CORE-V-VERIF Quick Start Guide

Many people who come to CORE-V-VERIF for the first time are anxious to ‘get something running’ and this section is written to satisfy that itch.

Note: in several places in this chapter a reference is made to $CORE_V_VERIF. This is used as short hand for the absolute path to your local working directory. You will not need to set this shell environment variable yourself.

A good place to start is the CV32E40P core testbench since the CV32E40P is mature, and the core testbench is very simple and runs with open-source tools. You will need:

  1. A Linux machine (CORE-V-VERIF has been successfully run under Ubuntu, Debian and CentOS).

  2. Python3 and a set of plug-ins. The current plug-in list is kept in $CORE_V_VERIF/bin/requirements.txt.

  3. A GCC cross-compiler (aka “the Toolchain”). Even if you already have a RISC-V toolchain, please do follow that link and read for recommended ENV variables to point to it.

  4. Verilator.

An easy way to get the Python plug-ins installed on your machine is:

$ git clone $CORE_V_VERIF
$ cd $CORE_V_VERIF/bin
$ pip3 install -r requirements.txt

Note: Virtual python environments can be used if desired.

Once the above is in place type the following:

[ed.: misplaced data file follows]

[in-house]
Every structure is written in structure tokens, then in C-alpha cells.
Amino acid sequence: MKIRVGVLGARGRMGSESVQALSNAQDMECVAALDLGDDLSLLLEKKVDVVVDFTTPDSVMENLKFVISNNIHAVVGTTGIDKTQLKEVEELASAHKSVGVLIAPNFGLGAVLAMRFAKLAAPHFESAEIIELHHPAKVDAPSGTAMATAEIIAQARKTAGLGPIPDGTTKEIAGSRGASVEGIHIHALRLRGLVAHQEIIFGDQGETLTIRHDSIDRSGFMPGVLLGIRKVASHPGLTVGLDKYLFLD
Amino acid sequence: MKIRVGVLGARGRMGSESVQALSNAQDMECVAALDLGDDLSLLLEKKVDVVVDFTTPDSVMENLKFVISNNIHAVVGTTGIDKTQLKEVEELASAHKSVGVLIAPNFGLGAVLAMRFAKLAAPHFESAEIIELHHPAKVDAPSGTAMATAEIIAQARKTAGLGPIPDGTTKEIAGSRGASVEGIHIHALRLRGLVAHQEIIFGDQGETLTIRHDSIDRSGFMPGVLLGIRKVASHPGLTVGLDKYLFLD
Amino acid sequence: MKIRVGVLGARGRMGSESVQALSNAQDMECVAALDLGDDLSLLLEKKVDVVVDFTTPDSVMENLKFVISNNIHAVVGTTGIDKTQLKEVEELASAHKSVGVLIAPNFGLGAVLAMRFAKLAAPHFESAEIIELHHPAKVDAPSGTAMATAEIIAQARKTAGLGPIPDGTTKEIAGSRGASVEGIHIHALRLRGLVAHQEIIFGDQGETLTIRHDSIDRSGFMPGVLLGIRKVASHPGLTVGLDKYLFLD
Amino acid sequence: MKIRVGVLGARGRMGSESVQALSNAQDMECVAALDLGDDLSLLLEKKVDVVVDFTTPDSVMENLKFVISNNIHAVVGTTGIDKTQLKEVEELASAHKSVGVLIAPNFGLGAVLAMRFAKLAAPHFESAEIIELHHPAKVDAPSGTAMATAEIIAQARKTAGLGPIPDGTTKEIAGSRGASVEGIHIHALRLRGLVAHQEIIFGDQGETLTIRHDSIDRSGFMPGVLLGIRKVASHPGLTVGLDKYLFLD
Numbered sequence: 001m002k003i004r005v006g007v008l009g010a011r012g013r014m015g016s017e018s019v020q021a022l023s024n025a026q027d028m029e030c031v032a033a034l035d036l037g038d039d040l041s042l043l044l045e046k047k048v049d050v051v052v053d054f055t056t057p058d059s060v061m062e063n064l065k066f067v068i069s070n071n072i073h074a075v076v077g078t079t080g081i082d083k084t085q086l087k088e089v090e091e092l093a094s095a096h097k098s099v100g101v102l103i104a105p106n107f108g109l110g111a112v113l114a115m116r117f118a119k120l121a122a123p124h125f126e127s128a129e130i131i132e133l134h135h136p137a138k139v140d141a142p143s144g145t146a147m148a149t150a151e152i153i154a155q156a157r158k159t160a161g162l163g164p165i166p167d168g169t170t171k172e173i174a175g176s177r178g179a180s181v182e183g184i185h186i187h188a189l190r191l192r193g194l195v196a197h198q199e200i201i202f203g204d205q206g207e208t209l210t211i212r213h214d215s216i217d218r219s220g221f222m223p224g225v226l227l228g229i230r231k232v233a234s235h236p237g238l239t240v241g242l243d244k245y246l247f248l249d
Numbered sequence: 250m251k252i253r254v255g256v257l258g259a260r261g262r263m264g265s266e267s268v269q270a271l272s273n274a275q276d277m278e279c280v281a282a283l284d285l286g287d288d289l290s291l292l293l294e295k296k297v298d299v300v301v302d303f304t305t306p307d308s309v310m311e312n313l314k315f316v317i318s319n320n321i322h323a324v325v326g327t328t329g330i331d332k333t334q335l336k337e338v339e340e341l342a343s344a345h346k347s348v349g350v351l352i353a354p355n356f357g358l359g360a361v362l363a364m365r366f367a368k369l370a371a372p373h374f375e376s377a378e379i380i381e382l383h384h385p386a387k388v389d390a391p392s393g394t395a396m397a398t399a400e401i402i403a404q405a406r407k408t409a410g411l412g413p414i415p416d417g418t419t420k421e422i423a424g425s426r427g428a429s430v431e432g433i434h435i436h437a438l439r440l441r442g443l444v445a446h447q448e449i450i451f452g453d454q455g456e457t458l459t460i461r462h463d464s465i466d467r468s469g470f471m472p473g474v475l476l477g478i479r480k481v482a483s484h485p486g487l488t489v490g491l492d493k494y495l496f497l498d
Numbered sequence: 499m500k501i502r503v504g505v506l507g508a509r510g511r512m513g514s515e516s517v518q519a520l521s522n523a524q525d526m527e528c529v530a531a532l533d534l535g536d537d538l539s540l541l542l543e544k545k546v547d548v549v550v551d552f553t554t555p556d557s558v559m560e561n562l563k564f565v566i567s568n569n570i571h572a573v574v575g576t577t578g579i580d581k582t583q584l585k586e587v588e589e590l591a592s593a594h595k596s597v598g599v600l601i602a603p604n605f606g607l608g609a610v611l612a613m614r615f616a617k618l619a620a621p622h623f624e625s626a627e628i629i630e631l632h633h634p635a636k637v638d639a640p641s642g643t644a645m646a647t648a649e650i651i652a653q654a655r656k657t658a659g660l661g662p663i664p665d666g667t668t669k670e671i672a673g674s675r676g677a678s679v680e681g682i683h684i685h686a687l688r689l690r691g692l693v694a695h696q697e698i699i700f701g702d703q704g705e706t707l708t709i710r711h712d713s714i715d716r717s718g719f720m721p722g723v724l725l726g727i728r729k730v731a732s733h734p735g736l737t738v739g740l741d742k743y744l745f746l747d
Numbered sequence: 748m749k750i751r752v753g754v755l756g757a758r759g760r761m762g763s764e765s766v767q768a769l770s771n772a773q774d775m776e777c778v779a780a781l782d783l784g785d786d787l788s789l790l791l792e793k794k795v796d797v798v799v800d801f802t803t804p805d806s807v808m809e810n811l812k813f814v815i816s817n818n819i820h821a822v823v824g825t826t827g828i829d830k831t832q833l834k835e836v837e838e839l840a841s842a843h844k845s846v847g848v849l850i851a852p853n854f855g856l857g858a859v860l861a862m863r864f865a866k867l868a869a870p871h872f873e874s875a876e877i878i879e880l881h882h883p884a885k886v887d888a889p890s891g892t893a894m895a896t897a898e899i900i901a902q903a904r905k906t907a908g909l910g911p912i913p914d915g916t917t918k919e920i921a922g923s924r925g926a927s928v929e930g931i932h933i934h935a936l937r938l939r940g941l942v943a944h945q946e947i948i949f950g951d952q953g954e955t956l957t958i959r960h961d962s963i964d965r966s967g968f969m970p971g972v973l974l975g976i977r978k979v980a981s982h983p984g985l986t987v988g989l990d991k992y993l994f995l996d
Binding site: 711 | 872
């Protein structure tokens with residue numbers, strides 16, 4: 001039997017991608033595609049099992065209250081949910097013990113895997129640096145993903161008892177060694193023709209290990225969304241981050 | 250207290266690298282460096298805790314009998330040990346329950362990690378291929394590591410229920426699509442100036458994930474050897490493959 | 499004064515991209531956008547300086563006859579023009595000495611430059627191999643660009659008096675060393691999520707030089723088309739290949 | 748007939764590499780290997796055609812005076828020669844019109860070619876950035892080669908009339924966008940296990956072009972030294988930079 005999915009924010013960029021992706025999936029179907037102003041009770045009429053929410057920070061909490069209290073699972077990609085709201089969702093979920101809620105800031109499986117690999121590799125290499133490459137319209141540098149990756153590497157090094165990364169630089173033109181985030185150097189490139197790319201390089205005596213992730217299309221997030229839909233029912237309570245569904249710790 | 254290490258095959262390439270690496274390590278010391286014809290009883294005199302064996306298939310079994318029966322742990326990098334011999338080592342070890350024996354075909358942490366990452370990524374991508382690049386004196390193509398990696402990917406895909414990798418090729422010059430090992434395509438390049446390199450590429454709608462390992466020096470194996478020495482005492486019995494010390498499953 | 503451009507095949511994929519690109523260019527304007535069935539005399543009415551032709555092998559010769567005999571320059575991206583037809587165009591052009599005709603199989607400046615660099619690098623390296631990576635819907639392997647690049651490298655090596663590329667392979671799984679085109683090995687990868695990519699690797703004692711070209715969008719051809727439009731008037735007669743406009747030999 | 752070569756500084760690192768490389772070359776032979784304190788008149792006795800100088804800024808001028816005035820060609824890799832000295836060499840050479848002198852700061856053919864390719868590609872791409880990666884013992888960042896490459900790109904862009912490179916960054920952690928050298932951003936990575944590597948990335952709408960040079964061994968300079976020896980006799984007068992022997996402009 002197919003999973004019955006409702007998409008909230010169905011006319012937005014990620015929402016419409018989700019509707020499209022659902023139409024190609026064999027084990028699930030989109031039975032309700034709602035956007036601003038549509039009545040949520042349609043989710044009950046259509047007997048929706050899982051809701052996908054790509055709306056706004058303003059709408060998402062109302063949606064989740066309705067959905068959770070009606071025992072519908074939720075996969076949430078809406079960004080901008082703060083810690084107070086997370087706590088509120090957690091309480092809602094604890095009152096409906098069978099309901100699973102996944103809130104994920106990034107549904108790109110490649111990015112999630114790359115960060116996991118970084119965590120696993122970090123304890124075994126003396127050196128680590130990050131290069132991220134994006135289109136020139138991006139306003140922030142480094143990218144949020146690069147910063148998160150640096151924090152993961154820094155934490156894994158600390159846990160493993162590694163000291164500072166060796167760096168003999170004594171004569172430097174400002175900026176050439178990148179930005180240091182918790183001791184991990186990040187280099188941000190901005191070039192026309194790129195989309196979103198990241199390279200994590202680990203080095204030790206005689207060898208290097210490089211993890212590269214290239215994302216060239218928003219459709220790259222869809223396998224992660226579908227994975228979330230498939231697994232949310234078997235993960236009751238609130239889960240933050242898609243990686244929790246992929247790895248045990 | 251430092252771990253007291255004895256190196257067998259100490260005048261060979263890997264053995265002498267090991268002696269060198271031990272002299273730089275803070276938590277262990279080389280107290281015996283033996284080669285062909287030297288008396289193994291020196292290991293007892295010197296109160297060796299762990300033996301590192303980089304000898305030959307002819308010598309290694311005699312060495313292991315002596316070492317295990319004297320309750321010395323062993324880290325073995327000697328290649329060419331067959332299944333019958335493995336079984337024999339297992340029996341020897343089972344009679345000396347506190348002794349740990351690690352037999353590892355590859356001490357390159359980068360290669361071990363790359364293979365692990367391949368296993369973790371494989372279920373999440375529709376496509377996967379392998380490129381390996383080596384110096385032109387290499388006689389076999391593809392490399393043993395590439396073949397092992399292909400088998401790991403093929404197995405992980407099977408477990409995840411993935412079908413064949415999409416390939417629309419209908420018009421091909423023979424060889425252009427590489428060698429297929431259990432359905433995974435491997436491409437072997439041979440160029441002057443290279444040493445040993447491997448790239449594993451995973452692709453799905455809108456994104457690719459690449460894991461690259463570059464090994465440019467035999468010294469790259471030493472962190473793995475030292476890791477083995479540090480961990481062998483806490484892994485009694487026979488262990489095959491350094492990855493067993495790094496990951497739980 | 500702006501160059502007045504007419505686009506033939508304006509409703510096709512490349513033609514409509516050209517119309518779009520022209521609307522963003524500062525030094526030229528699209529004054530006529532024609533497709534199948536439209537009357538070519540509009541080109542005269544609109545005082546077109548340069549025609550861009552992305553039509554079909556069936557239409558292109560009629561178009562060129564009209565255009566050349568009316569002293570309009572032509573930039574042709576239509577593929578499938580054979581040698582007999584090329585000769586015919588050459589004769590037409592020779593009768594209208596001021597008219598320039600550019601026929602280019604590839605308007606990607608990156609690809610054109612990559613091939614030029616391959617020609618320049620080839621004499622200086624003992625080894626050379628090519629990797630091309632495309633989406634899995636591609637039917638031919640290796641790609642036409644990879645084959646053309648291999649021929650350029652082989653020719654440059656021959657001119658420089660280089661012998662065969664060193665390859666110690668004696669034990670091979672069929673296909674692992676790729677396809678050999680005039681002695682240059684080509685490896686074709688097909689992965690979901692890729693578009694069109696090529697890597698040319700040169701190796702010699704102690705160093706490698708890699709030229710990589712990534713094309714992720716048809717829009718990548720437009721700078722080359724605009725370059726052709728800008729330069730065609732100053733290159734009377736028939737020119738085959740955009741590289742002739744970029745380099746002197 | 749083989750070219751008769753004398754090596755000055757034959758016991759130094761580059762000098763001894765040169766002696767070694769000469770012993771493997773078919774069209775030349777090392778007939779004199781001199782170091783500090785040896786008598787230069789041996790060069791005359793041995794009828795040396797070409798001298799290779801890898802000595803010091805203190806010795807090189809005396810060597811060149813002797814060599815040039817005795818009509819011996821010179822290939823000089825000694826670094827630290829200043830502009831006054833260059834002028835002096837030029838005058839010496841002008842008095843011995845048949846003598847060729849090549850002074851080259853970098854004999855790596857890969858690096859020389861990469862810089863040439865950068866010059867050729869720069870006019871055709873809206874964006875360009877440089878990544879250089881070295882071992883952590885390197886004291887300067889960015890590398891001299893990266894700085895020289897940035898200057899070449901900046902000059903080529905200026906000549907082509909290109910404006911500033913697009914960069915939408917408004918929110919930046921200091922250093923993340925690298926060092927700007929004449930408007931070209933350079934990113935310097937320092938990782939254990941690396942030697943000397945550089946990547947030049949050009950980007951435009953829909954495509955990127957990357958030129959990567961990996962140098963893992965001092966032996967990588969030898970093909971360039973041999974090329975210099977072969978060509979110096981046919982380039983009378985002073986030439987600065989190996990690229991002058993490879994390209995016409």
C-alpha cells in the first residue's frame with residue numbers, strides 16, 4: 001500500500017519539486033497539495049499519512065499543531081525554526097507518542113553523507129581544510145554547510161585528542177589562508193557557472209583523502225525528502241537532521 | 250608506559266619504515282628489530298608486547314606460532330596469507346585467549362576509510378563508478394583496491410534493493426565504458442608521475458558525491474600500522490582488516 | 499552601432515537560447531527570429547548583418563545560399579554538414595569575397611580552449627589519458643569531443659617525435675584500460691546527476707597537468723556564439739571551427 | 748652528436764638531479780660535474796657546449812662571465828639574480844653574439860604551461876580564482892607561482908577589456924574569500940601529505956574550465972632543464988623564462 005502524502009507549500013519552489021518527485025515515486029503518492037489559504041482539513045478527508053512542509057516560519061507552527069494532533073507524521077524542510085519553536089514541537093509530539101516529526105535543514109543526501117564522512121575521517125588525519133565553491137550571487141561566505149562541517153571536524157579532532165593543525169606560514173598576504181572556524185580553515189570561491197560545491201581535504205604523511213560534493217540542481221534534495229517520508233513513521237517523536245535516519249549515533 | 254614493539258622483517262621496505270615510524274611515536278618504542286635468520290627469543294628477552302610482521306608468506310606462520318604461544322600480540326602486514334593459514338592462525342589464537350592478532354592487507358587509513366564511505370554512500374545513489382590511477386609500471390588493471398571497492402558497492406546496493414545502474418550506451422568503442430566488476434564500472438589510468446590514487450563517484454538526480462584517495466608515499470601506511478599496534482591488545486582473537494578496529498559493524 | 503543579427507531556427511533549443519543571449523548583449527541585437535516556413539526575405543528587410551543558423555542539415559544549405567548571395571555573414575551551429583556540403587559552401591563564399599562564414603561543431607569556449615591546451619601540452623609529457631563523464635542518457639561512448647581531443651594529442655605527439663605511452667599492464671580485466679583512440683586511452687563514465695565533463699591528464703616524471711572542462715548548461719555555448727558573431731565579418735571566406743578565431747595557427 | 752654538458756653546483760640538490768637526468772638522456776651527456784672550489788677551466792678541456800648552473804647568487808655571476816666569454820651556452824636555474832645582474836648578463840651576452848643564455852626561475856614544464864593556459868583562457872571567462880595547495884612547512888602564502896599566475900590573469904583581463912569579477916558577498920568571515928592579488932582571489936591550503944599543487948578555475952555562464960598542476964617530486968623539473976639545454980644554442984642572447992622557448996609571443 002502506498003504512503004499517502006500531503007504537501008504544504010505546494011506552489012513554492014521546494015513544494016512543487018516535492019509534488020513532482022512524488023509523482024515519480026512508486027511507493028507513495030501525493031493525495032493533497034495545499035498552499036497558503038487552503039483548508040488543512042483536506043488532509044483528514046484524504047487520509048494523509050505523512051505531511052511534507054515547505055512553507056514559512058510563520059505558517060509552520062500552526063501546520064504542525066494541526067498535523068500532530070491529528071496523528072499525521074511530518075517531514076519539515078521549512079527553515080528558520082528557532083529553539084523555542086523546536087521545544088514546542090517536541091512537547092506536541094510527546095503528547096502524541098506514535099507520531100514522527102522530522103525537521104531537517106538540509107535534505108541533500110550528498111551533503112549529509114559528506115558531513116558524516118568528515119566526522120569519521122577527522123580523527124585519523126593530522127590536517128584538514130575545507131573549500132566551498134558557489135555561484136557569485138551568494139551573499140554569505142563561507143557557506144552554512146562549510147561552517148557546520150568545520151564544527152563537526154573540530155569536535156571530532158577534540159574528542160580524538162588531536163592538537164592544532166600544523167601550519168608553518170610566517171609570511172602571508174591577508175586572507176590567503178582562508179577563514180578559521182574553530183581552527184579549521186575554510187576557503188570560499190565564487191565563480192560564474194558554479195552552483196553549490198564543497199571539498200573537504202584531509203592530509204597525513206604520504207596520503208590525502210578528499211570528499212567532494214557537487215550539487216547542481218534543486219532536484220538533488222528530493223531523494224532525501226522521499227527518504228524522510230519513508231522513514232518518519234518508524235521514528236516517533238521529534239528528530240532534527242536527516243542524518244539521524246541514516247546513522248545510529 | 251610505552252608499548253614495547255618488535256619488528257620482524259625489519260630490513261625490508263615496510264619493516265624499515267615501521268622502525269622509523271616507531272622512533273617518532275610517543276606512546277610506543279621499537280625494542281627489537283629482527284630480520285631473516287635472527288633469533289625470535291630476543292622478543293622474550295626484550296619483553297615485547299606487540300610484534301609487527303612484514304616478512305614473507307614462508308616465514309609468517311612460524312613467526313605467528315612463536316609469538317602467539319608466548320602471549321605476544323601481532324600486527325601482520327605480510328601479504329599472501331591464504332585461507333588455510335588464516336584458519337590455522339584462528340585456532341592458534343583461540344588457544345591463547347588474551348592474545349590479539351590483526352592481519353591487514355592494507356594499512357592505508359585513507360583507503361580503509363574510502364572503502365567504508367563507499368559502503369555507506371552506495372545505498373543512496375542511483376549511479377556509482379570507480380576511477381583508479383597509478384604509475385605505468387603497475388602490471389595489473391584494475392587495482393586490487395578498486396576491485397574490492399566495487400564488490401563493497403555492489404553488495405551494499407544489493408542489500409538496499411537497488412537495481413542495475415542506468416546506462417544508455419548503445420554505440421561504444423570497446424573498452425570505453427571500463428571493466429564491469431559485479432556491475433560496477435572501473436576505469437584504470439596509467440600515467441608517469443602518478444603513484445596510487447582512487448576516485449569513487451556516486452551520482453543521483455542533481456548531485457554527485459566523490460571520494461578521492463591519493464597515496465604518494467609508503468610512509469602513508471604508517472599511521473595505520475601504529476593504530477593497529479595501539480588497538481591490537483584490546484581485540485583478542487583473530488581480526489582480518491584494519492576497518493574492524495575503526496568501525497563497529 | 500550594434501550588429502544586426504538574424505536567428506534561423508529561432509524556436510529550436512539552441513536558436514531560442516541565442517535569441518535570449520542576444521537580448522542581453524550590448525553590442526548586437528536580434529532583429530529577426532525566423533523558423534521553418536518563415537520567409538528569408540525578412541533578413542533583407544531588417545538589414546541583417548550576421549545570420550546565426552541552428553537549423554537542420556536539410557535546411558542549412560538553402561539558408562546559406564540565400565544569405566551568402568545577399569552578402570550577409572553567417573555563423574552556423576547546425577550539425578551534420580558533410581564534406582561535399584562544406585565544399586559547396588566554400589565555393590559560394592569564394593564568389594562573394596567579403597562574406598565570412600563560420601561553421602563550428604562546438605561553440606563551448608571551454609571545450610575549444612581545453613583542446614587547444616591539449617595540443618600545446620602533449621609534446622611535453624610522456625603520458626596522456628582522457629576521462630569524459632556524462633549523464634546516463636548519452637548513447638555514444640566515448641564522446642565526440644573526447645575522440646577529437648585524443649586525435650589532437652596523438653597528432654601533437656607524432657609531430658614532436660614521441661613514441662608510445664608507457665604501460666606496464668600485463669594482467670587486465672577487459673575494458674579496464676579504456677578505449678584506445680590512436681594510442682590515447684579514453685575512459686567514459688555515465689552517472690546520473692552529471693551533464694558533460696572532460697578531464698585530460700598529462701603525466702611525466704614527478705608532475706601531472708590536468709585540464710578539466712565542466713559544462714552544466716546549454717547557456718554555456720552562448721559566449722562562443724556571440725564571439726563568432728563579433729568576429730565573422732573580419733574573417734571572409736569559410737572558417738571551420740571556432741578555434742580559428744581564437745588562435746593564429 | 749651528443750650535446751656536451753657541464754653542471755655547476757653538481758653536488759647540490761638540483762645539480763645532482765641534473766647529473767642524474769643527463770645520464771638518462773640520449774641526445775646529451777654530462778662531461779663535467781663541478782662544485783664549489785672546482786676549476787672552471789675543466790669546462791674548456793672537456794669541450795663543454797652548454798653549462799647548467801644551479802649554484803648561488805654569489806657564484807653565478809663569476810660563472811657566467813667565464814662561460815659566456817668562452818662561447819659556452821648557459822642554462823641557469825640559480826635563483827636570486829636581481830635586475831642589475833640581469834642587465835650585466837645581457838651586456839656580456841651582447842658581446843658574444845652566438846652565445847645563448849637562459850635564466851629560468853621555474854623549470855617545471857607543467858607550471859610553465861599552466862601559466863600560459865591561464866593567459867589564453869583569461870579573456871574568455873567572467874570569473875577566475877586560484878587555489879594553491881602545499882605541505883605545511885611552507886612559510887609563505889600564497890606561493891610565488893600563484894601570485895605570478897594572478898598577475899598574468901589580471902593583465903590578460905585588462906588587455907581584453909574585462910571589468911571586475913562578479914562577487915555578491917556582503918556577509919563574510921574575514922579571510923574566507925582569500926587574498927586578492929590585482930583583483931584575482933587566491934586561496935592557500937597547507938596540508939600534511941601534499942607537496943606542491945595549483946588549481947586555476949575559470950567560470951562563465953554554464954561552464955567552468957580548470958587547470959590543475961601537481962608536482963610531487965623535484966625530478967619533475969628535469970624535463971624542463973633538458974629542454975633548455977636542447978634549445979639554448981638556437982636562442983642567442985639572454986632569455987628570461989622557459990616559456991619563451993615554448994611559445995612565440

$ cd $CORE_V_VERIF/cv32e40p/sim/core
$ make

Note: Check the required shell environment variables (variables).

The above will compile the RTL and the core testbench using Verilator, compile the ‘hello-world’ test-program using the Toolchain and run it on the “Verilated” model. The simulation run should produce the following:

This is the OpenHW Group CV32E40P CORE-V processor core.
CV32E40P is a RISC-V ISA compliant core with the following attributes:
    mvendorid = 0x602
    marchid   = 0x4
    mimpid    = 0x0
    misa      = 0x40001104
    XLEN is 32-bits
    Supported Instructions Extensions: MIC

The README in the cv32e40p/sim/core directory will explain how to run other tests and use other simulators.

Where is the RTL?

As CORE-V-VERIF is a single repository for the verification of several different CORE-V cores, you will not find the RTL here. Each CORE-V core is managed in its own repository, and is automatically cloned into $CORE_V_VERIF/core-v-cores/<core_name> by the Makefiles, as needed. If you have successfully run the hello-world test above, then you may have noticed that the RTL was cloned to $CORE_V_VERIF/core-v-cores/cv32e40p/rtl (take a look!). The URL, branch and hash of the cloned RTL is obtained from $CORE_V_VERIF/cv32e40p/sim/ (again, take a look!). You can override these variables on the make command line or by setting shell environment variables.


Up to this point, the discussion has been about the “core” testbench, which is intended as demonstration vehicle only. The primary verification environments implemented in CORE-V-VERIF are all based on the UVM. The UVM enviroment for CV32E40P is completely separate from the core testbench and uses a different set of Makefiles.

In order to use the UVM environments you will need items 1, 2 and 3 from the list above, plus a SystemVerilog simulator capable of supporting the UVM and the Imperas OVPsim Instruction Set Simulator (ISS). You should also review the README in $CORE_V_VERIF/mk for a description of the shell ENV vars used by the UVM environment. With these in place you can do the following:

$ git clone
$ cd core-v-verif/cv32e40p/sim/uvmt
$ make test TEST=hello-world CV_SIMULATOR=<xrun|vcs|vsim|riveria|dsim>